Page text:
Q: By the end of the season, Genesis isn’t working properly. How concerned should Jesse be about that? How does that affect Herr Starr‘s plans for Jesse and the Grail?

A: Jesse is worried. It’s been something he hadn’t really paid attention to at first, but by the end of the season, he knows it’s not working. He doesn’t know why. Starr is probably a step behind in terms of figuring out that Jesse’s power is blocked right now. He needs Jesse for his power. He doesn’t just need a handsome minister. He needs that power.

Q: Eugene is out of Hell, but he brought Hitler with him! Does Eugene realize he’s made a mistake once Hitler runs away? What do you think Eugene’s experience in Hell has taught him?

A: He realizes the responsibility that he bears by letting Hitler loose in the world. But I think in the end, that’s Eugene’s story for the season: If a man seems truly repentant, who am I to condemn him? I think in Season 1, he was burdened with guilt and that he was beyond salvation. Even though Jesse had no right to send him to Hell, there’s a part of him that felt it was where he’d end up anyway. I think he learns over the course of the season that he doesn’t belong there, which may seem evident to us, but Eugene has such a deep sense of moral responsibility that he’d become polluted by his own guilt.

Q: The Saint of Killers is now back in Hell, but revenge against Jesse is his new motivation. Should we interpret his wanting to have a “word with Satan” as some new plan?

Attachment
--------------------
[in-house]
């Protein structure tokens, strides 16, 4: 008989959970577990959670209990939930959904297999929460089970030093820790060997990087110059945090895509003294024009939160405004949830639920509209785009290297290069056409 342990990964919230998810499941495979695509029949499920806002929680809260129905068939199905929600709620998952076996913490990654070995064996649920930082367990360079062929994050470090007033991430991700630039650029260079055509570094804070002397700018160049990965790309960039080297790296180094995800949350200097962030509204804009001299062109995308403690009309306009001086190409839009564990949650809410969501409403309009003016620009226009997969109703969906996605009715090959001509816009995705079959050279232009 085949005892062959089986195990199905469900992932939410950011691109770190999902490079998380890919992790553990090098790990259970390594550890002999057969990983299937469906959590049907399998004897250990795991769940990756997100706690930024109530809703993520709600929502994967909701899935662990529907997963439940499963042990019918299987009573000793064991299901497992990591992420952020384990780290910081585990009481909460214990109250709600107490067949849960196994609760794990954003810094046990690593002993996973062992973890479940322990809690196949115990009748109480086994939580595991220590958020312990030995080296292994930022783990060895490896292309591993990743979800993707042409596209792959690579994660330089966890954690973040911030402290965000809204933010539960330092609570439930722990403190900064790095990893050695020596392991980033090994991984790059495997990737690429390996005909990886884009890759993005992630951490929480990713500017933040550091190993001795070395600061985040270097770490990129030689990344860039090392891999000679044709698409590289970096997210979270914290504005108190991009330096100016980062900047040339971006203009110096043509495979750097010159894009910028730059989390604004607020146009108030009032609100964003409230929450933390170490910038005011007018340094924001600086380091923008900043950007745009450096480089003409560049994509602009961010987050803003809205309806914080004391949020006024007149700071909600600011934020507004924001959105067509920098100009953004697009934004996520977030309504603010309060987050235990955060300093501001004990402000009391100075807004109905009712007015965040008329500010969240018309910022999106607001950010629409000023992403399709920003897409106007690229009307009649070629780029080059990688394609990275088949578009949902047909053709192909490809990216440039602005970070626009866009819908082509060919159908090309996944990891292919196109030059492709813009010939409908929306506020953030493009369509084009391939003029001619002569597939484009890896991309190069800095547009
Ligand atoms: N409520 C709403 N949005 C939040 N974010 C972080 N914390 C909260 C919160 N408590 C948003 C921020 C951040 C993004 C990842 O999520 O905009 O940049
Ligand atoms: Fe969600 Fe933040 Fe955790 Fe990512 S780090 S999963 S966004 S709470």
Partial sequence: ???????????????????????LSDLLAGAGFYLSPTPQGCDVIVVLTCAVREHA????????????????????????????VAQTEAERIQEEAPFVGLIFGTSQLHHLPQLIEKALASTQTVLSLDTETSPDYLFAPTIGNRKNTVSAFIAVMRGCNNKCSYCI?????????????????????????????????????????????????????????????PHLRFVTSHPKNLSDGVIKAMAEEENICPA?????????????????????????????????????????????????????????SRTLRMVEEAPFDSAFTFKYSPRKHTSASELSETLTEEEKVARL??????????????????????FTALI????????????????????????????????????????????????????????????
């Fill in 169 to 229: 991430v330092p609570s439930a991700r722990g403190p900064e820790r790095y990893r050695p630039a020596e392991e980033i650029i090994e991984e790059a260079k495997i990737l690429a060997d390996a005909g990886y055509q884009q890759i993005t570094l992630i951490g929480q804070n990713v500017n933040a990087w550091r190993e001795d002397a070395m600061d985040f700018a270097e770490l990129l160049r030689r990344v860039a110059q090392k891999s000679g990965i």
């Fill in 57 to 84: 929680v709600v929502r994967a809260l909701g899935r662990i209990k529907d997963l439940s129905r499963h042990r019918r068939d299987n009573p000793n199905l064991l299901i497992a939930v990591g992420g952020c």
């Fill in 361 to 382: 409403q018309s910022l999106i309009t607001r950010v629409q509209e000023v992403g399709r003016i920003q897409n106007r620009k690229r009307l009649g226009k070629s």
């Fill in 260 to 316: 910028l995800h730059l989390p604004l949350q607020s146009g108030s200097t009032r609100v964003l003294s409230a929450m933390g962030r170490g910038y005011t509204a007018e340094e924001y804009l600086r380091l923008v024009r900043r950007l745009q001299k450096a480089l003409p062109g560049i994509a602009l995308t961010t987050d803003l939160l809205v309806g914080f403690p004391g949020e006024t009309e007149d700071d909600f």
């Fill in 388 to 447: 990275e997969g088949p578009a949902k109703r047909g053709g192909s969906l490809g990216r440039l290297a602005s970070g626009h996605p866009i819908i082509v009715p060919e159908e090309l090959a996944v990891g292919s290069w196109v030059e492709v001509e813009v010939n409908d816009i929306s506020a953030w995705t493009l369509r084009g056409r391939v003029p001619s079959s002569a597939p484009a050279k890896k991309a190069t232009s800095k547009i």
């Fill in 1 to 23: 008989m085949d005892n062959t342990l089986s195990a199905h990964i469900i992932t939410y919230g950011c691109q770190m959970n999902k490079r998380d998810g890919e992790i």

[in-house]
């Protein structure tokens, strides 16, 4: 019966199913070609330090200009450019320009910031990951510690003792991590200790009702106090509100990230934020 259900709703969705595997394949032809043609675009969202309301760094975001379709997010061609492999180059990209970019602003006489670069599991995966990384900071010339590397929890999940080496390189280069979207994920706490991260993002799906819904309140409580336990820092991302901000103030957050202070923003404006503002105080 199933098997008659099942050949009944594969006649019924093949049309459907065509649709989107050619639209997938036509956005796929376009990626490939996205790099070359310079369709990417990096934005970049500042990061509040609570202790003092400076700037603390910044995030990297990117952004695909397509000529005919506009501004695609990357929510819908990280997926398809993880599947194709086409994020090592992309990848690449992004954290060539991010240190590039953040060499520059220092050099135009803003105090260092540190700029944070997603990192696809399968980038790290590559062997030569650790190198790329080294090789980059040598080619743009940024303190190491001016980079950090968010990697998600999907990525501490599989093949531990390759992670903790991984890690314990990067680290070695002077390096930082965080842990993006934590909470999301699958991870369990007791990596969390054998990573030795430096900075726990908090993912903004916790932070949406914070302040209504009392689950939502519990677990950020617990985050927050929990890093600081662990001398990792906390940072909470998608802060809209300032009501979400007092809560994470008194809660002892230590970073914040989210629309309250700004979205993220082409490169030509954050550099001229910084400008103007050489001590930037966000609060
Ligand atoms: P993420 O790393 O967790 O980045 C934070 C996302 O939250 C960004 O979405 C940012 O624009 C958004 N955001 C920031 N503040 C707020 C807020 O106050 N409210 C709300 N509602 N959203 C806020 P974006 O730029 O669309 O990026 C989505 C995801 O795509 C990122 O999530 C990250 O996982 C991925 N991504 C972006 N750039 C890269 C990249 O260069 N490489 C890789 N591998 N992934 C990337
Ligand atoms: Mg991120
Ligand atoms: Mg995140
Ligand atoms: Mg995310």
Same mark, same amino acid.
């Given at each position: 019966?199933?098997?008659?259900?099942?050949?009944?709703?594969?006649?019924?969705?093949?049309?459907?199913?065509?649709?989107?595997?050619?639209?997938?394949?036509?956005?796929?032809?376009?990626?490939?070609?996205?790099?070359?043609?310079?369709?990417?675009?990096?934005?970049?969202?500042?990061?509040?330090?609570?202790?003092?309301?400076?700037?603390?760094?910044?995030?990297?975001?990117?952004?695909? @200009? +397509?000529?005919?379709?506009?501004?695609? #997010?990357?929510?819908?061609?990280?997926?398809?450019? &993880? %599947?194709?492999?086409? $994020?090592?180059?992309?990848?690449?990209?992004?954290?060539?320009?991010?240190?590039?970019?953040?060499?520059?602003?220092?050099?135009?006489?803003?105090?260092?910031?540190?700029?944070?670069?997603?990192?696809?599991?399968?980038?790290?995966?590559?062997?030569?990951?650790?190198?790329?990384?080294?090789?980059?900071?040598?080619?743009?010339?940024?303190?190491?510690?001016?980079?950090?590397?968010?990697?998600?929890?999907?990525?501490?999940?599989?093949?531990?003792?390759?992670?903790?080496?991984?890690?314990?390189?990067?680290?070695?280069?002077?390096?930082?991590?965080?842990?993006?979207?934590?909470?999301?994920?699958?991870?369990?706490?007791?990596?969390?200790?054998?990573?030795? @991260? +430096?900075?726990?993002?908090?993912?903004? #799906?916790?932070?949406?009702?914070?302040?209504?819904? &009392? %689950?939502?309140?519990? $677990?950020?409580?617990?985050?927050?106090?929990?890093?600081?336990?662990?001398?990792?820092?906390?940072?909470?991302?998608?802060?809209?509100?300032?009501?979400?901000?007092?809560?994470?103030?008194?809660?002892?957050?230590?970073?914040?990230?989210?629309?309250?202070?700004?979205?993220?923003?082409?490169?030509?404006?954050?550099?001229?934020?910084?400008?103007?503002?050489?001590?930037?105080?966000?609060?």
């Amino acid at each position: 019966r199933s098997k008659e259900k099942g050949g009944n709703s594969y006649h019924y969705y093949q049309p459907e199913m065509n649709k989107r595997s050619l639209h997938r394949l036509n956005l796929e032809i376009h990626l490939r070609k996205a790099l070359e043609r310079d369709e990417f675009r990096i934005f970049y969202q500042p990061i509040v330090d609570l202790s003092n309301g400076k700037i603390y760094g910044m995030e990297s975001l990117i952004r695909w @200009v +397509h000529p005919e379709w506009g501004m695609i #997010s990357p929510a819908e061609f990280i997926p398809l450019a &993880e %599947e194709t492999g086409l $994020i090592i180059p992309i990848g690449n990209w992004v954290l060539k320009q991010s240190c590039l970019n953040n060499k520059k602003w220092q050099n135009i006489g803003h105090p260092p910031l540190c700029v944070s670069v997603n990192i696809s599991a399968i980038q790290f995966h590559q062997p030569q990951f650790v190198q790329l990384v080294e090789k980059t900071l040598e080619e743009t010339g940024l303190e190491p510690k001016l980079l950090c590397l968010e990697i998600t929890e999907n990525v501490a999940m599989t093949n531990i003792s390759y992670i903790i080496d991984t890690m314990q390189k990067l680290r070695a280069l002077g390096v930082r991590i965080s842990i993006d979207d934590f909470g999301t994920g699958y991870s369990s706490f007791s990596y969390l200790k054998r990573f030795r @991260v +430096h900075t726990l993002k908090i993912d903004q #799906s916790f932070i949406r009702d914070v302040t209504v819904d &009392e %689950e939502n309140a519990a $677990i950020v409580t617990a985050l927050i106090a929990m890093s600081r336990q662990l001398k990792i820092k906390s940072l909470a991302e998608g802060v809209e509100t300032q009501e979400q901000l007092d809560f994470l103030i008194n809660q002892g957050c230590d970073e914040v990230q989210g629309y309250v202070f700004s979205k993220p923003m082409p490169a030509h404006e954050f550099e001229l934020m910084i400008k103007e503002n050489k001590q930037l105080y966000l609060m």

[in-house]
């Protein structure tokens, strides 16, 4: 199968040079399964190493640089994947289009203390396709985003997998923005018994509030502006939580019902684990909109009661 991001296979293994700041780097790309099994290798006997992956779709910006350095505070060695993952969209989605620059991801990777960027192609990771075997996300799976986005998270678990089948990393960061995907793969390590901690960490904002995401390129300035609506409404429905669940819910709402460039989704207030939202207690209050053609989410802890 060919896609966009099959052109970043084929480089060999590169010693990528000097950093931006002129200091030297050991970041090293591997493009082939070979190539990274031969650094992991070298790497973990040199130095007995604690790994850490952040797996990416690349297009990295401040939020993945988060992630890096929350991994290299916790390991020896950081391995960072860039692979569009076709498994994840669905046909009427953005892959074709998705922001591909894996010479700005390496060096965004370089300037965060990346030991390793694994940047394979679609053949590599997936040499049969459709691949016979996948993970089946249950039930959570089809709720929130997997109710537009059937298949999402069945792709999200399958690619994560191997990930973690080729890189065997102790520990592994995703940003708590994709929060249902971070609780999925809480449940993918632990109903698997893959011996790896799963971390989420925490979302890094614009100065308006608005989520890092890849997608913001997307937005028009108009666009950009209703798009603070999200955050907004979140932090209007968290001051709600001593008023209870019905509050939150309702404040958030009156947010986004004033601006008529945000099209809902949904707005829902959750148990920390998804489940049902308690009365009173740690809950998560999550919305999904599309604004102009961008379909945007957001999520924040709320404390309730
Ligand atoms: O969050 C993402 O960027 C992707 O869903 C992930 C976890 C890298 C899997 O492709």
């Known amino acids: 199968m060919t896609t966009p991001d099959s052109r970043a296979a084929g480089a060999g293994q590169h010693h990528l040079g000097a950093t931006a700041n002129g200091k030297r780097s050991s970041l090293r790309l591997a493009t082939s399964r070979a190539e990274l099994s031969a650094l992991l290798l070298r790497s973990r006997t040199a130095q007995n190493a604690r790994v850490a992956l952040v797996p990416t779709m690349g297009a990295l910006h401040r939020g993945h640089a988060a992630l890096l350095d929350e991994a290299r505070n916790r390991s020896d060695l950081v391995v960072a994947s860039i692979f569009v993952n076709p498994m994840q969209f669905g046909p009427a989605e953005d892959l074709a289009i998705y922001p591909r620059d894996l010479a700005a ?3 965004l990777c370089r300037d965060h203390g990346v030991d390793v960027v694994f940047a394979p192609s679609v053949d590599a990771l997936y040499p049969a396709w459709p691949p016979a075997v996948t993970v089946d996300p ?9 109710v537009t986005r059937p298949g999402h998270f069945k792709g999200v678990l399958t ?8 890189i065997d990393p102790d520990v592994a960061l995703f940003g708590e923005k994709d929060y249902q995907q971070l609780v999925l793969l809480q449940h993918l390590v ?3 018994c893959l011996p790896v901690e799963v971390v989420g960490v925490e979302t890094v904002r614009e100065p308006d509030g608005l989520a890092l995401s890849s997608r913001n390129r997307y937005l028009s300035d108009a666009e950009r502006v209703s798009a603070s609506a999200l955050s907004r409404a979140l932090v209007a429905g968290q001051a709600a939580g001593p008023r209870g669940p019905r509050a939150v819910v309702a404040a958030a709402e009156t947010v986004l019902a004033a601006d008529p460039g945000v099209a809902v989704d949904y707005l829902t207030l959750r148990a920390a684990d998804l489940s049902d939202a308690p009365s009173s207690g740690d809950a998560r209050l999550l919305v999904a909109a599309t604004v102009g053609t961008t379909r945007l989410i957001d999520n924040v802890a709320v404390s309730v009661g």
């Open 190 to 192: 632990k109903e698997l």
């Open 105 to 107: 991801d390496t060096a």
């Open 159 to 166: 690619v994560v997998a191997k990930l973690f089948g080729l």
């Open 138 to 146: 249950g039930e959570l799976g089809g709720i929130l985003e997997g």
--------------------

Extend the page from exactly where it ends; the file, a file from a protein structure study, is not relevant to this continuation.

A: He definitely has a new plan, and I’m sure Jesse is a part of it. I think his time with Jesse opened his eyes to the wider world and a wider sense of justice or injustice. I imagine Hell won’t be able to hold him.

Q: We met Humperdoo this season. While there are some parts of the comic you probably can’t put on TV, have you been surprised by how much of it you have been able to feature?

A: That’s what’s exciting about television. There’s such a wider landscape for what’s possible. The idea of doing Garth Ennis’s Preacher as a television show certainly wouldn’t have been possible five years ago. The audience for television is so sophisticated and open. If the story is compelling, people will follow.

Q: What was the craziest/most challenging scene to pull off this season? Do you have a moment from the season you’re particularly proud of?

A: It’s amazing what the production team has been able to pull off with the amount of time we have and in terms of stunts, settings and the different time periods. All the credit in the world goes to our directors and Michael Slovis and our line producer Mark McNair. It’s been incredible what they’ve been able to accomplish. It’s a very hard show to produce. It’s hard on everyone, but it’s very gratifying. There are a lot of moments, but just the fact that we were able to get not one but two armored cars, were able to let the Saint loose on the world, we were able to introduce this wider world of the Grail and all the different locations. That’s the big challenge of the show – capturing that epic quality. I’m totally impressed by how much our production team has been able to accomplish.

Read a Q&A with Malcolm Barrett, who plays F.J. Hoover.